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blackheart2502

Wicked 737-800 Tailstrike

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Nasty, question though, what's that claw looking dealy hanging out?

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Ooops. That's a big prang. Beyond the skin damage - which may affect pressure integrity - the load forces will almost certainly have been transmitted through some frames and stringers up to the top rear end of the aircraft near the base of the dorsal fillet. In any case, even if the frames and stringers miraculously escaped damage, it's not going to be cheap to fix.In fairness, that can be a tricky airport to land at, but even so the crew will have to do some fast talking to get out of that one without it being a career-stopper. Even if it wasn't their fault, they might still get fired simply for PR reasons. Still, it does show that airliners are a lot tougher than they look.Al

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question though, what's that claw looking dealy hanging out?
That's the Main Outflow Valve door, it is to adjust cabin pressure. That is one of the ways you can tell which 737 you are looking at actually, since only NGs from about 2004 onwards have that door with the 'claws' on, which are there to reduce the noise the earlier ones without such serrated edges would generate - the serrations break up the airflow a bit to reduce the noise it generates. Prior to the NG, 737s had a Main Outflow Valve door which opened inwards.Al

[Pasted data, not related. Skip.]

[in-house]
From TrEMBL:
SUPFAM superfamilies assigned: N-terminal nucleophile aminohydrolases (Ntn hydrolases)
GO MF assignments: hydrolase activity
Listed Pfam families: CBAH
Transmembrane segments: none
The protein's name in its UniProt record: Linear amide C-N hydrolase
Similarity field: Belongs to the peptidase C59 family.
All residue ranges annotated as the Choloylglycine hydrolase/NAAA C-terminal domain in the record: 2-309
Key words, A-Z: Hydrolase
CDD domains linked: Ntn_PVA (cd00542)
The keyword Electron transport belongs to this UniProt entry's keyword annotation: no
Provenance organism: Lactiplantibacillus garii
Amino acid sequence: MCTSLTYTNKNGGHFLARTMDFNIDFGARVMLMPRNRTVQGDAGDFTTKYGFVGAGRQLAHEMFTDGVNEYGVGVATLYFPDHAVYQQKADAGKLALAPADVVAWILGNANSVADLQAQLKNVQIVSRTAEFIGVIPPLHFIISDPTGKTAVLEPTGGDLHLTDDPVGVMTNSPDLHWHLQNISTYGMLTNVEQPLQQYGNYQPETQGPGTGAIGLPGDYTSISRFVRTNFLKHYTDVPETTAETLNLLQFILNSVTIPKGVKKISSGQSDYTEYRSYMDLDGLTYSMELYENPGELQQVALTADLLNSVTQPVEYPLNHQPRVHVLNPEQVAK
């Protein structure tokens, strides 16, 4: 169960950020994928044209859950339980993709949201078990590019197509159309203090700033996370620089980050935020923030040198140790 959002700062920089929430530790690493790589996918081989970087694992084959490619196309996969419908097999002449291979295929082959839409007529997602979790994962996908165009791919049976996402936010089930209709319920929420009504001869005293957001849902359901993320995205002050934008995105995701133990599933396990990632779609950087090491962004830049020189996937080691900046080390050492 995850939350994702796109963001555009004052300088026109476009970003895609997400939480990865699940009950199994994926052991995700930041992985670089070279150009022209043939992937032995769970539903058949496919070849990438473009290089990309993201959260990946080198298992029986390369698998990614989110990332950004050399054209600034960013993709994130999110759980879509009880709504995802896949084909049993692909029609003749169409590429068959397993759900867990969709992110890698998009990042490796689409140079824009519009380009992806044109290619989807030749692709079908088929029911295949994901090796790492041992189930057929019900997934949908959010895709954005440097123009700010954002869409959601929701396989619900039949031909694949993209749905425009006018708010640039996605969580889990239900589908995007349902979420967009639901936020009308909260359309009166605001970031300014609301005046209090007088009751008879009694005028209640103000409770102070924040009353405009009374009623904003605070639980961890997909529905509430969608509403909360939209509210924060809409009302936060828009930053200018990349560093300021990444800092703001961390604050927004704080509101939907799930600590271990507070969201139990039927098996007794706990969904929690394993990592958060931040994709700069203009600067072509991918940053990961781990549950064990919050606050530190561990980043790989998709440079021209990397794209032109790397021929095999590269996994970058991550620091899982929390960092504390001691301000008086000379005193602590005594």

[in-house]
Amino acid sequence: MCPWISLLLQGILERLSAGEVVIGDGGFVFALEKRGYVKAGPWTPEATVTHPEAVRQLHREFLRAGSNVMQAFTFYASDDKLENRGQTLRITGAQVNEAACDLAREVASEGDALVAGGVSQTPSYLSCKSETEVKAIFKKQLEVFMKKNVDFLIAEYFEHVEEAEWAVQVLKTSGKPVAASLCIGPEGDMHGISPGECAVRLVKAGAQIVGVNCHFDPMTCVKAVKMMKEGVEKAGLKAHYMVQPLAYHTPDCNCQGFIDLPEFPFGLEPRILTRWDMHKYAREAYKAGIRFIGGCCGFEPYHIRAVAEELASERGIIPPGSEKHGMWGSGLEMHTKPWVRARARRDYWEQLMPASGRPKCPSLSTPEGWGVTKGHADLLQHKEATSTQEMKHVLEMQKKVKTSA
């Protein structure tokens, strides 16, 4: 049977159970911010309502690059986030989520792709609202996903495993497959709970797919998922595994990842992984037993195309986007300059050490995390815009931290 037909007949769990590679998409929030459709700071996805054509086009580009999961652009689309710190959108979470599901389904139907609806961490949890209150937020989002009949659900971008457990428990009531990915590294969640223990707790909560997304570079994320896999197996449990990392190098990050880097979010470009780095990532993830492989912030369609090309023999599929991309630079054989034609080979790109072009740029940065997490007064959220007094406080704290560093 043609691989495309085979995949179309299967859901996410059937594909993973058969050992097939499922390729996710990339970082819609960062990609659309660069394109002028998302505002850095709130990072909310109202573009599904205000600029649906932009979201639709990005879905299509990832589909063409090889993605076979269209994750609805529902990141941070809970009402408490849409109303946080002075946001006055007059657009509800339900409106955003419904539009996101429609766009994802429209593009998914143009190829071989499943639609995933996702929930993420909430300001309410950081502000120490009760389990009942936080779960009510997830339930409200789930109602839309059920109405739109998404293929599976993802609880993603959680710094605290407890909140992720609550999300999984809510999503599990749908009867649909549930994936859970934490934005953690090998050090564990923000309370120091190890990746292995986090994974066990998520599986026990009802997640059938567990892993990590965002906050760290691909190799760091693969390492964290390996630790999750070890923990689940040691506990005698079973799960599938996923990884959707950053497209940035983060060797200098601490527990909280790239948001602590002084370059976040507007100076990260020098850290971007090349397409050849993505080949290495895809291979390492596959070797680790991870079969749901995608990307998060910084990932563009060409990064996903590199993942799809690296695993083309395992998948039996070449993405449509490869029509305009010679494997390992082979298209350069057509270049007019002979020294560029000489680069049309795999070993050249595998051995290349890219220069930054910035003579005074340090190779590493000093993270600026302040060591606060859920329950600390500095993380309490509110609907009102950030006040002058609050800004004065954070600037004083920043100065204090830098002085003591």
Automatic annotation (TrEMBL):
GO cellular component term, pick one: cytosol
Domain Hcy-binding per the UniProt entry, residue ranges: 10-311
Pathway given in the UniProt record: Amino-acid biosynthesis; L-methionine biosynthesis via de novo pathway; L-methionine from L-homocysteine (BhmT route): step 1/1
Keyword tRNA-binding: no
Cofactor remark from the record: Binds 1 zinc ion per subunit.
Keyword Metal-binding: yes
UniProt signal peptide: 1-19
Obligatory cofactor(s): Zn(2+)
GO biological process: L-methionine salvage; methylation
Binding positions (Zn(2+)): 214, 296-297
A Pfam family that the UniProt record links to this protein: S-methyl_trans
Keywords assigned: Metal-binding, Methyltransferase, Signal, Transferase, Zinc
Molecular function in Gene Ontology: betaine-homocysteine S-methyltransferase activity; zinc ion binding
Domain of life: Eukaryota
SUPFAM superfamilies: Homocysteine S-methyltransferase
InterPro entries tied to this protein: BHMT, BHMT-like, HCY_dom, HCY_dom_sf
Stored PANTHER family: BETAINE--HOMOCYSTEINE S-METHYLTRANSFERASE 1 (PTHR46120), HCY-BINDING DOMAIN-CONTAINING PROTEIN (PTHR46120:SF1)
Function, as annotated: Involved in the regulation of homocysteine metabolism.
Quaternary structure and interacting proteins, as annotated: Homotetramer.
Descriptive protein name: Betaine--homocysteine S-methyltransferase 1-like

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That's the Main Outflow Valve door, it is to adjust cabin pressure. That is one of the ways you can tell which 737 you are looking at actually, since only NGs from about 2004 onwards have that door with the 'claws' on, which are there to reduce the noise the earlier ones without such serrated edges would generate - the serrations break up the airflow a bit to reduce the noise it generates.Al
Cool, thanks for the answer Al!

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In a transport jet aircraft, there is no need to "grease it in," assuming that's what this guy was trying to do. If I'm not mistaken, come in at VREF+5 (or whatever), with the proper nose angle and on glide path. Once you are ready to flare, give it another 2 to 3 degrees of nose up and let it plant.Or, maybe they were under speed and too nose-up to begin with?

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